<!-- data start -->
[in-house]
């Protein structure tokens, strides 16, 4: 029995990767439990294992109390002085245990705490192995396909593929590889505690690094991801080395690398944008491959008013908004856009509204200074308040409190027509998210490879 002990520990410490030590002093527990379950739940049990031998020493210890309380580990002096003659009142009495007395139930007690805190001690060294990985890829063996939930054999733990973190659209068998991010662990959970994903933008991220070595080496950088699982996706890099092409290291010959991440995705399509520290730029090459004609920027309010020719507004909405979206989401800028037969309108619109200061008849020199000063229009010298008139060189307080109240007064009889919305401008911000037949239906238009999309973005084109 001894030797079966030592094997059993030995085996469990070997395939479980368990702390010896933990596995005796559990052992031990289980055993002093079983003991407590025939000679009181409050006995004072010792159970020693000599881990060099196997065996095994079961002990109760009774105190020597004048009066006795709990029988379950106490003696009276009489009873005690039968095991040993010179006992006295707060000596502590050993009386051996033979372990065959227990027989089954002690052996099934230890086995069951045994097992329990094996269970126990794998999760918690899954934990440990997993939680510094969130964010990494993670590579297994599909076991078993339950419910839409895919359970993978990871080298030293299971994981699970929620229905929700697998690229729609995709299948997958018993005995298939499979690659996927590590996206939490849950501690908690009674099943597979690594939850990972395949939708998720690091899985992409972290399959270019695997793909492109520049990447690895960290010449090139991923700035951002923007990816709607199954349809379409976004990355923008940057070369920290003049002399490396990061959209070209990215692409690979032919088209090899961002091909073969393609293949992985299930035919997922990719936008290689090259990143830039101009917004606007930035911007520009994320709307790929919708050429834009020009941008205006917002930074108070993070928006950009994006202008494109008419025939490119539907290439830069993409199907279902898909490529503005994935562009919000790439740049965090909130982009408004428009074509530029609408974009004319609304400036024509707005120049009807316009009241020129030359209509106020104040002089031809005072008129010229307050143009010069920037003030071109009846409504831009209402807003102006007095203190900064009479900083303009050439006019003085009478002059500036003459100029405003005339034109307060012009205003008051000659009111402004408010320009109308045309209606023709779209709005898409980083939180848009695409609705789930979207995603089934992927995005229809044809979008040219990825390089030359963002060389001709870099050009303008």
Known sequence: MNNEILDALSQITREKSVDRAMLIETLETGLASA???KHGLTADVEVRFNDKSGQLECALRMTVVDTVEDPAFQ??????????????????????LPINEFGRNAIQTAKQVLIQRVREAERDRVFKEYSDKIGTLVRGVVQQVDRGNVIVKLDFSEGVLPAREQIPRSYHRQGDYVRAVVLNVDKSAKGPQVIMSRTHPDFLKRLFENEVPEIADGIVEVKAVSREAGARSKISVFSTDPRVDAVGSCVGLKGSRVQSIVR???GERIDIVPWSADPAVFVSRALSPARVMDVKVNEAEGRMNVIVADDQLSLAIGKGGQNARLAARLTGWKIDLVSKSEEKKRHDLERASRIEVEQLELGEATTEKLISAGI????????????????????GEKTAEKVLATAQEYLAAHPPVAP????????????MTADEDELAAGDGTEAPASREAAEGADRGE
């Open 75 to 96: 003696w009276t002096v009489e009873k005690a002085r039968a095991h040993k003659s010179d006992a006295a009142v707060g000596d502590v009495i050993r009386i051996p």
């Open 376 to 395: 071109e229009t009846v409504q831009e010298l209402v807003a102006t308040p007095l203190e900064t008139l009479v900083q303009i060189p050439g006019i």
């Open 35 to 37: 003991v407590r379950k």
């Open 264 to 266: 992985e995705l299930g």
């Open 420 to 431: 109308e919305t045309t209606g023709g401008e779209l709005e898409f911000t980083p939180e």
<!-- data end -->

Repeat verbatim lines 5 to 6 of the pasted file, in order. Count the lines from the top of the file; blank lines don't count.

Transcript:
């Open 376 to 395: 071109e229009t009846v409504q831009e010298l209402v807003a102006t308040p007095l203190e900064t008139l009479v900083q303009i060189p050439g006019i």
């Open 35 to 37: 003991v407590r379950k």